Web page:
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This week’s Facilitator Tips episode shares the five essential attributes of how to break the ice successfully, and why so many ice-breaker activities fail.
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What is an Ice-Breaker? – short article about what distinguishes an ice-breaker from an ice-maker, and how to break the ice successfully, every time.
Get-To-Know-You Games & Ice-Breakers – short article which describes the value of get-to-know-you activities, with examples.
Ice-Breakers & Team-Building Games – short article which discusses the value and benefits of introducing a series of group games to break the ice and develop team skills.
List of Fun Ice-Breakers – dozens of simple, highly-interactive and outrageously fun activities that will help you break the ice.
Episode 5: How To Start A Program (published 6 Mar 2018)
Hi and welcome to Episode 4 of the Facilitator Tips video series.
My name is Mark Collard. I’m an experiential trainer and an author and the founder of playmeo.com, and today I want to talk to you about how to break the ice.
Now we’ve all heard the term, we’ve all been a participant of icebreakers, and often what actually gets done doesn’t necessarily break the ice. Icebreakers sometimes are actually ice-makers. So I want to share with you what I have discovered in all of my years’ experience working with tens of thousands of people over the last thirty years that has worked really well for any experience to break the ice.
And look, it should be no surprise that the first piece is it has to be fun. It’s got to fun for everybody, not necessarily a ha-ha-ha laughing fun but it’s just got to feel like it nourishes the soul. So a good icebreaker will always be fun.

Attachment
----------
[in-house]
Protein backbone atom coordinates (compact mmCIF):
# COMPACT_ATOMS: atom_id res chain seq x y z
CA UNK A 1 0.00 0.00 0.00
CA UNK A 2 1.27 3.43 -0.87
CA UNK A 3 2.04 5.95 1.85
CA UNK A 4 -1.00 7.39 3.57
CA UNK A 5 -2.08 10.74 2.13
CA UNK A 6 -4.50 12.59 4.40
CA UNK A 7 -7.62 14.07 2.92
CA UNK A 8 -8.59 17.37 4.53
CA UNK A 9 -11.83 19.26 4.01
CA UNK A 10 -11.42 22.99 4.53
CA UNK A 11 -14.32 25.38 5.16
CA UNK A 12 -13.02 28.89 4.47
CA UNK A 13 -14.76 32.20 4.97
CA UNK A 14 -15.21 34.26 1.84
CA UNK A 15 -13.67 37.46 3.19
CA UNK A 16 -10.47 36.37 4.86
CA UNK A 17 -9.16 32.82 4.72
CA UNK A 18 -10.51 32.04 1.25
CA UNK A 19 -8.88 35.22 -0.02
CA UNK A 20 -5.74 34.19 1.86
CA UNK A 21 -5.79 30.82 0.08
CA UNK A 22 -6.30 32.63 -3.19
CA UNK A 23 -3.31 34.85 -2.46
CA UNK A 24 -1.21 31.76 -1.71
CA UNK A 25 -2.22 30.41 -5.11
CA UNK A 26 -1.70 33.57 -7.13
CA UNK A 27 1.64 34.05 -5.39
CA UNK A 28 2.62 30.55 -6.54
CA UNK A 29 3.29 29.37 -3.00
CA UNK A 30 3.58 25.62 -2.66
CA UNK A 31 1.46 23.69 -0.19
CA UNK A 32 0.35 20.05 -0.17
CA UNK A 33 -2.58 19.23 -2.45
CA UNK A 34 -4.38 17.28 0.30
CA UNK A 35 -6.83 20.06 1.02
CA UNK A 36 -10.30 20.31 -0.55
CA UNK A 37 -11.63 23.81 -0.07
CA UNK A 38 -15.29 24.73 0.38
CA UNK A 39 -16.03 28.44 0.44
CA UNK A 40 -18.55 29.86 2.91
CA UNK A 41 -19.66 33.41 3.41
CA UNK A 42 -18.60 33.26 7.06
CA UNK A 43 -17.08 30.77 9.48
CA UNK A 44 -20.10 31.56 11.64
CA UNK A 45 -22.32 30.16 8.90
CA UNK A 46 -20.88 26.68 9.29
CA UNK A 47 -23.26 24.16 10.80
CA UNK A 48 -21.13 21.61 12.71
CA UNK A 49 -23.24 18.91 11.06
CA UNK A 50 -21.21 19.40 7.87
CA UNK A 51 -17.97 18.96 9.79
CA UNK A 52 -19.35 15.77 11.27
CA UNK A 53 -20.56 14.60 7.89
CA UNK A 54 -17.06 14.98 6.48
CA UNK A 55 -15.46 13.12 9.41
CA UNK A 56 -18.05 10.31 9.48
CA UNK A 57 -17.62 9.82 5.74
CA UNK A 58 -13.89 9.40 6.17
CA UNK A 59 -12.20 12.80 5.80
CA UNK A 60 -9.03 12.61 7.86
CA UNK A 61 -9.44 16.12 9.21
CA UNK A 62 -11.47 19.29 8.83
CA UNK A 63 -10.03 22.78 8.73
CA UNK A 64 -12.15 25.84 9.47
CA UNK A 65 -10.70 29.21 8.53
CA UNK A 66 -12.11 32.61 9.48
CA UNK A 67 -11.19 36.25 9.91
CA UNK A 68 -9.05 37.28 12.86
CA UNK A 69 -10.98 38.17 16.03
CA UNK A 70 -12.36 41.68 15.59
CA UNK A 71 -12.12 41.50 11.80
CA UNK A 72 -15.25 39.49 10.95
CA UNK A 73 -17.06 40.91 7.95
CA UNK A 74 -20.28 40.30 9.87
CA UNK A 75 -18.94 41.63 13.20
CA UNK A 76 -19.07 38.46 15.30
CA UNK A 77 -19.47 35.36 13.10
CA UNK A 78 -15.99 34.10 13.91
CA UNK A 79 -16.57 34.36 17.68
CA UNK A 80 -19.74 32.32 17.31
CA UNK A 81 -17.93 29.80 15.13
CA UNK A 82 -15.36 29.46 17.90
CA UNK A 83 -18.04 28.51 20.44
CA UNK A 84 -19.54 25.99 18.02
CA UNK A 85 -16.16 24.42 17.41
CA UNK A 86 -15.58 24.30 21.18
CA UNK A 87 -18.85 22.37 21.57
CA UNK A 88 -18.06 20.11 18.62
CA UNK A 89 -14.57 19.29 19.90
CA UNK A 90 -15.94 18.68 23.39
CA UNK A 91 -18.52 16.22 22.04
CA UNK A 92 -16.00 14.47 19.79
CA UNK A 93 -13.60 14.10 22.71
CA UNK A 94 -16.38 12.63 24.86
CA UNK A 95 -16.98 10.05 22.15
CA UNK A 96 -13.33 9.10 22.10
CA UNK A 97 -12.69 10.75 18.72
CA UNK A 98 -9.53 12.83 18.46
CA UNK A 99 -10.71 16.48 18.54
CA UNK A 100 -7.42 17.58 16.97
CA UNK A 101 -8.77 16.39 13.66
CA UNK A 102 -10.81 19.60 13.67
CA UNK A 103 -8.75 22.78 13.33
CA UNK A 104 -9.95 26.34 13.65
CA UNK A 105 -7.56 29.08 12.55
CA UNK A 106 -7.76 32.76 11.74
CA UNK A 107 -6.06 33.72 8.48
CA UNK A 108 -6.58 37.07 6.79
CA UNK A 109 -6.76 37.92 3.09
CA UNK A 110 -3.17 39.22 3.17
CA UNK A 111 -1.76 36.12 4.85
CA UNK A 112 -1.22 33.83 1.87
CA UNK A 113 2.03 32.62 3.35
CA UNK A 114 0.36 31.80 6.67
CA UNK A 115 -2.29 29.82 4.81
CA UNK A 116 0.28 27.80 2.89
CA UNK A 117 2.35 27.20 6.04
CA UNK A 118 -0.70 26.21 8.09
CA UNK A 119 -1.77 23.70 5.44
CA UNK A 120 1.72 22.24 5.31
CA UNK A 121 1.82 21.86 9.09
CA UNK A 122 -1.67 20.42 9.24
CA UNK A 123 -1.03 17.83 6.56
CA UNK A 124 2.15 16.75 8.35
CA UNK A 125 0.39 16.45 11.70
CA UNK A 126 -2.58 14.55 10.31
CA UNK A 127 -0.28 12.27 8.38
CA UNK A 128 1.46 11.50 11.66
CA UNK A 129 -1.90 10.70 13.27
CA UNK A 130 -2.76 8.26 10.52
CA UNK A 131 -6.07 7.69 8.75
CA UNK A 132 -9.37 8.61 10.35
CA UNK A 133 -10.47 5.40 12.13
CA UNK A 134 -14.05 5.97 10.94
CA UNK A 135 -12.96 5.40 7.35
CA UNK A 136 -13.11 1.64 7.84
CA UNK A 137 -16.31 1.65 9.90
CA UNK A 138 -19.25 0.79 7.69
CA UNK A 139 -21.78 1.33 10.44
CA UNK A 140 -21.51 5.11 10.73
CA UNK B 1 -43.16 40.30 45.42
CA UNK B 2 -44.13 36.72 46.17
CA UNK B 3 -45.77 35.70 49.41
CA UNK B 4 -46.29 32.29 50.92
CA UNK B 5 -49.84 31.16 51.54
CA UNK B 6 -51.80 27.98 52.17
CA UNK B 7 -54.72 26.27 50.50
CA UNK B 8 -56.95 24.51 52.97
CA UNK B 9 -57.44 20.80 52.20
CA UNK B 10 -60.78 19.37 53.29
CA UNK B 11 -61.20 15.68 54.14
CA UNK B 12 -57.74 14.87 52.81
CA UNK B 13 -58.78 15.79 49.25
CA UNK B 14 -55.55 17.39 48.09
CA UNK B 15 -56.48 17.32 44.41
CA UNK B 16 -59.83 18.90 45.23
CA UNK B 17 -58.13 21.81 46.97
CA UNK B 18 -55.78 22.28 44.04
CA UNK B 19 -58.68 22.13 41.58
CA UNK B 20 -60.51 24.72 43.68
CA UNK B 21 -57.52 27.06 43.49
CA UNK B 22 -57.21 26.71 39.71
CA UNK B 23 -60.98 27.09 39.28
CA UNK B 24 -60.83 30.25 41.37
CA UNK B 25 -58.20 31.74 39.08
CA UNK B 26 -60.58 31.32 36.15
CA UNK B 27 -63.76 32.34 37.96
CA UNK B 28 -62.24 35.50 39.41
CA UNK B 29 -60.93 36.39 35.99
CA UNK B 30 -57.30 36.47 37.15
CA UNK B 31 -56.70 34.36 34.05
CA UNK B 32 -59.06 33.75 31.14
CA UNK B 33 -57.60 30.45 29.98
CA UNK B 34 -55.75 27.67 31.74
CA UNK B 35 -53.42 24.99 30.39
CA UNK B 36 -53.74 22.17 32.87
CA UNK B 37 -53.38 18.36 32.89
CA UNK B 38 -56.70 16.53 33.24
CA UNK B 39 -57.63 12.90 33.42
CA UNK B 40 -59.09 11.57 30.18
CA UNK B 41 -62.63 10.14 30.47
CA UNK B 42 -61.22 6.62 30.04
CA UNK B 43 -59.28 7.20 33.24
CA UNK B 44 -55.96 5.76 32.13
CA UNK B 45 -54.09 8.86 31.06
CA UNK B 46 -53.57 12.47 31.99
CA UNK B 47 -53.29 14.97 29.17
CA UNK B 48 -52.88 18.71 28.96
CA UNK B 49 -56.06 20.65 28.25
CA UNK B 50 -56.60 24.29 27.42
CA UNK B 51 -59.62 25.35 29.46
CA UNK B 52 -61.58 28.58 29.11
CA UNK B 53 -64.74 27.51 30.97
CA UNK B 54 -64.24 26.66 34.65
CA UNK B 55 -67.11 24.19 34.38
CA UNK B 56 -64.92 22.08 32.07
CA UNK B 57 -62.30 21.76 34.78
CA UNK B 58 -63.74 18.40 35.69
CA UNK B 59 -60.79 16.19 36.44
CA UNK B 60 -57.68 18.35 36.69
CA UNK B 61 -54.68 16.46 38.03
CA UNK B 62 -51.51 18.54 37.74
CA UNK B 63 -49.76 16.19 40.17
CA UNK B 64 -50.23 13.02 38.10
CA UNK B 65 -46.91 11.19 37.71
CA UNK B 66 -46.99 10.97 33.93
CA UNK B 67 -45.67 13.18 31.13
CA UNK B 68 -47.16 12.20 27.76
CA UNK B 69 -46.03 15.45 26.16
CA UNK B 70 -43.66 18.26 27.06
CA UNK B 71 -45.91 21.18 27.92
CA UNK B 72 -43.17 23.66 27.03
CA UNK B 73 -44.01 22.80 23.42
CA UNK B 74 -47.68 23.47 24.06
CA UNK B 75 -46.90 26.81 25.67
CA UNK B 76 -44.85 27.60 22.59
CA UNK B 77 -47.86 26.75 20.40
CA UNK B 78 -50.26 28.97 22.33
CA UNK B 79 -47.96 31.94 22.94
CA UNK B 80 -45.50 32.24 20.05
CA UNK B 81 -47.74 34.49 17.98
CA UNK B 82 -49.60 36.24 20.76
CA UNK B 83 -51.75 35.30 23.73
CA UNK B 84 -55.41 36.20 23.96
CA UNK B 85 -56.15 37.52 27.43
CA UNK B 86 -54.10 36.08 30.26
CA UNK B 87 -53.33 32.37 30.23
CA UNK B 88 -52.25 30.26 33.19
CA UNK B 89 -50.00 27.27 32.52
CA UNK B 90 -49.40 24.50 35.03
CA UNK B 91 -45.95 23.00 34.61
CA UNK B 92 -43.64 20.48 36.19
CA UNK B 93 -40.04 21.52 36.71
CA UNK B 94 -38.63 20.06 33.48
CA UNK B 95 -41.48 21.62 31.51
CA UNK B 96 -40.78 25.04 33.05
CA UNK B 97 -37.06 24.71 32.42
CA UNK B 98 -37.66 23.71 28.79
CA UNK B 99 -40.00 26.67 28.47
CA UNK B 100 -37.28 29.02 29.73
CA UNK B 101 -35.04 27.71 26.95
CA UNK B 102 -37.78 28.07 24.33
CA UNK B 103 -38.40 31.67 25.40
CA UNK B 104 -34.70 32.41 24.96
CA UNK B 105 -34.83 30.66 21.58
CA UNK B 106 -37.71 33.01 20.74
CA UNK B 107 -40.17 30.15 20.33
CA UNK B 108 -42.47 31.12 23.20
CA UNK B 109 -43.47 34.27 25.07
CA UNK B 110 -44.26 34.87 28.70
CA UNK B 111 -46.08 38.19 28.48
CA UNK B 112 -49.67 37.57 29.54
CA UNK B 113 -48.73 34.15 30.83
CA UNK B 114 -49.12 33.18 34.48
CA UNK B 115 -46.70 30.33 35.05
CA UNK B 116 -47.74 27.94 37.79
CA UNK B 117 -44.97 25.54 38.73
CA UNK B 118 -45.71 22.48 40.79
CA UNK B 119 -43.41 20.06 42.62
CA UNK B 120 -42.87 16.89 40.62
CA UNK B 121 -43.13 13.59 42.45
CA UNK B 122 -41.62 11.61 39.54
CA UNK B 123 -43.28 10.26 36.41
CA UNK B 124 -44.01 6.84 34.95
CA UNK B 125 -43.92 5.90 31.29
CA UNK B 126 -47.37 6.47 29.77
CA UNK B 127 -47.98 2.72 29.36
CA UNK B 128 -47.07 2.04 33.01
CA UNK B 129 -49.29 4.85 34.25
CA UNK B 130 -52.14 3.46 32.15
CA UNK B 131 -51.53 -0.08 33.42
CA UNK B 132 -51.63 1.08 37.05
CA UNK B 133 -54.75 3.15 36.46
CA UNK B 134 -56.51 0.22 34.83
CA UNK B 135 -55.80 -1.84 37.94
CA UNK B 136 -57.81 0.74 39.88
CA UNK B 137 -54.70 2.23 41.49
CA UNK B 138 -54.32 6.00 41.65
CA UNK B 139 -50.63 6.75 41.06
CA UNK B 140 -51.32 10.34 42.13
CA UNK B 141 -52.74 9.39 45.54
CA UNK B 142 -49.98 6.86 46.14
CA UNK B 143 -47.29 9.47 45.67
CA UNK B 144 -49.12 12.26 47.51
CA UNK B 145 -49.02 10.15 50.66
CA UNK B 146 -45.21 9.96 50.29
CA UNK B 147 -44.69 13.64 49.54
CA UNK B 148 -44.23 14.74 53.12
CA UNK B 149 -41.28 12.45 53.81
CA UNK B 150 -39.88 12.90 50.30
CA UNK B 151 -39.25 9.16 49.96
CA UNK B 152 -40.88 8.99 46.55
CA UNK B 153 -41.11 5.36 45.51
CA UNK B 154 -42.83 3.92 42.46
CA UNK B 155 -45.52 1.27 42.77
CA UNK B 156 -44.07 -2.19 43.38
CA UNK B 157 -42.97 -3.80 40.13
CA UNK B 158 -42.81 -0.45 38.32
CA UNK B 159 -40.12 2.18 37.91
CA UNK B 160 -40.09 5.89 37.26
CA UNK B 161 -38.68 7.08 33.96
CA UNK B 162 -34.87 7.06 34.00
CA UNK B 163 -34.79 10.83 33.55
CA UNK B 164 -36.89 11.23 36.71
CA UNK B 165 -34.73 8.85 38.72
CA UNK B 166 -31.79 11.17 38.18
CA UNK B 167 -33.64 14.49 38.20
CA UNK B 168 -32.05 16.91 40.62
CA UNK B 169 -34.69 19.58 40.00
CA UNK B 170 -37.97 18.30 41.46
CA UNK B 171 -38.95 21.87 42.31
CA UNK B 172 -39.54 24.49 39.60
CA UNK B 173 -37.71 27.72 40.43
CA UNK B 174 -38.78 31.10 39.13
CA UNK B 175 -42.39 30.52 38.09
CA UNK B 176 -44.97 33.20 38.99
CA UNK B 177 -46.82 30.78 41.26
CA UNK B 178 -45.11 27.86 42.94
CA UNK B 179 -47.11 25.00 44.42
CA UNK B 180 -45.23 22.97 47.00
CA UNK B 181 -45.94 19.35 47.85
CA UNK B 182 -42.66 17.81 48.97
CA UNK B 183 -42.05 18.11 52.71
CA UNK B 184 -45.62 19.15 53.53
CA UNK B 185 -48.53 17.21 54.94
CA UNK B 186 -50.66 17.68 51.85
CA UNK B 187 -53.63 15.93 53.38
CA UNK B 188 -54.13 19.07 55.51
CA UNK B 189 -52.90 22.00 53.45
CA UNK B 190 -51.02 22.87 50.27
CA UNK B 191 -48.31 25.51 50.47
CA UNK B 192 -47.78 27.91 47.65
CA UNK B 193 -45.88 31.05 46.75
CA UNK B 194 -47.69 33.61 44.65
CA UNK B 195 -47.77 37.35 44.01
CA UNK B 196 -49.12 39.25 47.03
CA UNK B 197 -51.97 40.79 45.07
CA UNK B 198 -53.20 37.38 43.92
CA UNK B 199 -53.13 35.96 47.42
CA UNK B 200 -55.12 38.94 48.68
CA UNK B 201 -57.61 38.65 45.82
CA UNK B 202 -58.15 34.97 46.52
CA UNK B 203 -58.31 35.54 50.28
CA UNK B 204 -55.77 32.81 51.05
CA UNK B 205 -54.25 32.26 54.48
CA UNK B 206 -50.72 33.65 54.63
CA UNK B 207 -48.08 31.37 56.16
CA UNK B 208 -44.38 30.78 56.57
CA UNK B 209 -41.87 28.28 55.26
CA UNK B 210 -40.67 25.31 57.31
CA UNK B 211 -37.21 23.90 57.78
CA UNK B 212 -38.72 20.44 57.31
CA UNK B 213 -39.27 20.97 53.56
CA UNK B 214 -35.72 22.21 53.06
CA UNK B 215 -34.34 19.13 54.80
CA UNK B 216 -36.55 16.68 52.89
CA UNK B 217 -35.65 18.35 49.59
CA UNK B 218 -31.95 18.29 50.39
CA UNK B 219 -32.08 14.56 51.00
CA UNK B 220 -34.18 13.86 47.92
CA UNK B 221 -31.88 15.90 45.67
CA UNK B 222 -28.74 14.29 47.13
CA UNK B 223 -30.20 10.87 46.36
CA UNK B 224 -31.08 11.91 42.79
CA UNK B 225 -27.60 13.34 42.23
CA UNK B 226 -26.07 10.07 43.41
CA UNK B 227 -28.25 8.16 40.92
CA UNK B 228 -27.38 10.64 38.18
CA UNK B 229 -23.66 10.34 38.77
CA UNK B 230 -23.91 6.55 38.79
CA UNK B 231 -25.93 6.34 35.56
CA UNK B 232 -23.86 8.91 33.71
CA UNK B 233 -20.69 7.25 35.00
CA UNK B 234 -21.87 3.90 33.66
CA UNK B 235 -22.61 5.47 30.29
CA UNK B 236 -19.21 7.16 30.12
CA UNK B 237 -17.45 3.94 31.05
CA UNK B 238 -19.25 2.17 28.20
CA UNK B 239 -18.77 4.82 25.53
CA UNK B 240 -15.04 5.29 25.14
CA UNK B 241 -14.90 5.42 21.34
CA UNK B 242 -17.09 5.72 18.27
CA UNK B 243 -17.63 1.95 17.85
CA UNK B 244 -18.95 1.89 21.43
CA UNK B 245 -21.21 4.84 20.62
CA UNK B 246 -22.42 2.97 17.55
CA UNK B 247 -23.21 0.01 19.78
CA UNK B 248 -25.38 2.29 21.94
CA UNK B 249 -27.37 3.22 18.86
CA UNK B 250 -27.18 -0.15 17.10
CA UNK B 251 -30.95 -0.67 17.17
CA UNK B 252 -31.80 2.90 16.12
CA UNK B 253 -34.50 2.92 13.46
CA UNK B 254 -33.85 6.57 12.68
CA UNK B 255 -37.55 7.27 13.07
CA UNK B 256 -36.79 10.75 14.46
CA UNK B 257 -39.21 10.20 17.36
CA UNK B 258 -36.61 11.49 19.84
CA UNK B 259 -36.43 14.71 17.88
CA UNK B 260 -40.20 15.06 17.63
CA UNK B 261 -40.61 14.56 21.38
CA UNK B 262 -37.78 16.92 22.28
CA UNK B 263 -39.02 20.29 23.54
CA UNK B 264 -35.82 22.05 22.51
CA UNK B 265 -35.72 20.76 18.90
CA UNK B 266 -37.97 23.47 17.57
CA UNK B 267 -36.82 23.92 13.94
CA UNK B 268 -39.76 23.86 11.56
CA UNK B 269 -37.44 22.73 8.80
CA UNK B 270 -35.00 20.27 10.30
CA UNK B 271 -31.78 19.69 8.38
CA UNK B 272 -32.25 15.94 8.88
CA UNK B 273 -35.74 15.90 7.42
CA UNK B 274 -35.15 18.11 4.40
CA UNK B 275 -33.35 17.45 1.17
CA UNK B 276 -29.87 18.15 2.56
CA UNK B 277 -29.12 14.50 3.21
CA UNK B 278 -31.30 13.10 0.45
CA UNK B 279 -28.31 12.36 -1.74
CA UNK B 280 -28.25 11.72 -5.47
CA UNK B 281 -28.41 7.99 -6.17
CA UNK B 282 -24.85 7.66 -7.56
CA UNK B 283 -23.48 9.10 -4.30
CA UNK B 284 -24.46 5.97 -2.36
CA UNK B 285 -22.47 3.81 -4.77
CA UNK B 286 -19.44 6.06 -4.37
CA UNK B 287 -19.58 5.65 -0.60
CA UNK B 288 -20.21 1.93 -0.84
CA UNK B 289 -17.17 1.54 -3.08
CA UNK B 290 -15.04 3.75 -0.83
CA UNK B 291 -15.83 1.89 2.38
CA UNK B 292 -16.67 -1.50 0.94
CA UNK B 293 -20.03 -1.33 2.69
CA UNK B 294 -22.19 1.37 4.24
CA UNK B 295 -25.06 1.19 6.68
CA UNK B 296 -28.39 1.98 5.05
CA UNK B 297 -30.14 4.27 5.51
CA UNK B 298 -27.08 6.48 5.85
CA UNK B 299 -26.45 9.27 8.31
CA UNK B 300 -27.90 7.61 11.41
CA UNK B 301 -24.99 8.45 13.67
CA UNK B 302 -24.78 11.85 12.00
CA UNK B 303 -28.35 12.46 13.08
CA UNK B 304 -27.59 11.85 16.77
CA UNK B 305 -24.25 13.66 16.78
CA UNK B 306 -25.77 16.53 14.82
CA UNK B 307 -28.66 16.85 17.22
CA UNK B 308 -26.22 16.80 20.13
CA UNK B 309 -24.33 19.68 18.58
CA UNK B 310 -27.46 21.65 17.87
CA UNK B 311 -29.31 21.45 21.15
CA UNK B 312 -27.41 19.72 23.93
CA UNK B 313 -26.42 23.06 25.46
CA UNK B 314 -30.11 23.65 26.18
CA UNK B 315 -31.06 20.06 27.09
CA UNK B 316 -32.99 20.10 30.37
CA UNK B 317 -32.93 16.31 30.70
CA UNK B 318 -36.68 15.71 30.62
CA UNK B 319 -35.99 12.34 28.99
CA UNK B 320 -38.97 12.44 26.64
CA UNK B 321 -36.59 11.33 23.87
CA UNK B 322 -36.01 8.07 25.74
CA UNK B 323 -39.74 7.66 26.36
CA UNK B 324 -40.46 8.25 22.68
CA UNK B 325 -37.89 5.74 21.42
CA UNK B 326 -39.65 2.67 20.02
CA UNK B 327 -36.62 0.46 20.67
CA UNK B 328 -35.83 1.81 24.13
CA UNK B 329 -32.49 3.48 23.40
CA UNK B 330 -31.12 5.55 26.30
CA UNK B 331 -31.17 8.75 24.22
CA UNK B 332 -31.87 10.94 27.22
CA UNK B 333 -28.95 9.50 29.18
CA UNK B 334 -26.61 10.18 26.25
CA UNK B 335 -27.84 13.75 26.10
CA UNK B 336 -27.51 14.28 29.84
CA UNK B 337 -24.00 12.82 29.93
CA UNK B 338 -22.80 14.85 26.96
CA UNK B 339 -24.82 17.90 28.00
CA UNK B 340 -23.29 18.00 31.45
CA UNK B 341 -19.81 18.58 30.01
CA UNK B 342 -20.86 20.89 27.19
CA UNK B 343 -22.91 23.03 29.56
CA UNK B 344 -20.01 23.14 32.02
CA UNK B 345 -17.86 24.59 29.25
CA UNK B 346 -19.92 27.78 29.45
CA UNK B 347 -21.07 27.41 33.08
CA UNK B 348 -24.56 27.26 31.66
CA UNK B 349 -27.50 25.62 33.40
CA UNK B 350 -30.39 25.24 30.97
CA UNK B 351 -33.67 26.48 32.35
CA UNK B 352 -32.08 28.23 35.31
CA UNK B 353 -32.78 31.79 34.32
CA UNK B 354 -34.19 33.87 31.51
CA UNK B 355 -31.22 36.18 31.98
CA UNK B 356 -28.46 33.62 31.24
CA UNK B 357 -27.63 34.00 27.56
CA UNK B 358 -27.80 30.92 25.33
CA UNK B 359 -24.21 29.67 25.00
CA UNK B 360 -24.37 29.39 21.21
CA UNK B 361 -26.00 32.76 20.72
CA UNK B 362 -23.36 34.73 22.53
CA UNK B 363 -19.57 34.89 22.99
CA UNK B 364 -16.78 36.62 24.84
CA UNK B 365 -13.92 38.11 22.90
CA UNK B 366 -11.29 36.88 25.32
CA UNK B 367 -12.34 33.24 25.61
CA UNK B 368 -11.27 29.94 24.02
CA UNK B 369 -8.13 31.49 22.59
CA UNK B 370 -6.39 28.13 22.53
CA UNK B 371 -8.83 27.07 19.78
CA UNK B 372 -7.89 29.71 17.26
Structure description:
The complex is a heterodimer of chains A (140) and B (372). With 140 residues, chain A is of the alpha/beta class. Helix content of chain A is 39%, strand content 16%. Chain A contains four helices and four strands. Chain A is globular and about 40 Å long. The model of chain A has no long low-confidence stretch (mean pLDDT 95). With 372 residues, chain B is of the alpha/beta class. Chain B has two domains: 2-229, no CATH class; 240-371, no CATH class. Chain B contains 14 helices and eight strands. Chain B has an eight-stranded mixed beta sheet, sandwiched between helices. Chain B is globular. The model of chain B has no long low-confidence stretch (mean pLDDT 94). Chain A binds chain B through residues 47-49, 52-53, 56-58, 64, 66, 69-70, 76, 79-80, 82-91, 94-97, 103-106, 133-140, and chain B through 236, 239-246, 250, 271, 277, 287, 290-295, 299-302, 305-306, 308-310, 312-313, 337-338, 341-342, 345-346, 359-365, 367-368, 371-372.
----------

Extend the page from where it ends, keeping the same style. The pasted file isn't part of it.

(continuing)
It will also be nonthreatening. We all know that standing up in front of a group of people particularly that we don’t know saying who we are, where we’re from, and how bored we are is like public speaking and that threatens us. So a good icebreaker will not be threatening.
It’s got to be highly interactive. This is the basis in which people connect with each other. They build trust and then of course strengthen relationships. If there’s no sharing, if there’s no interaction, then you’re not breaking the ice. So it’s got to be highly interactive.
The last two, it’s got to be simple. If you’ve spent too long describing what’s going to happen then you’re going to lose people, lose a lot of momentum. And then finally it’s got to be success-oriented. You could even have a competition and that’s okay so long as the emphasis is looking at the success of maybe building energy or just simply having fun.
So these are the ingredients that make an icebreaker work effectively to break the ice.
And that’s it.
Now for more information please go check out my show notes at playmeo.com/facilitatortips/episode4, and if you’ve got some ideas please add a comment. And know that every episode that we produce we give away a free subscription to playmeo’s activity database.
In the meantime thanks for watching, and have fun.
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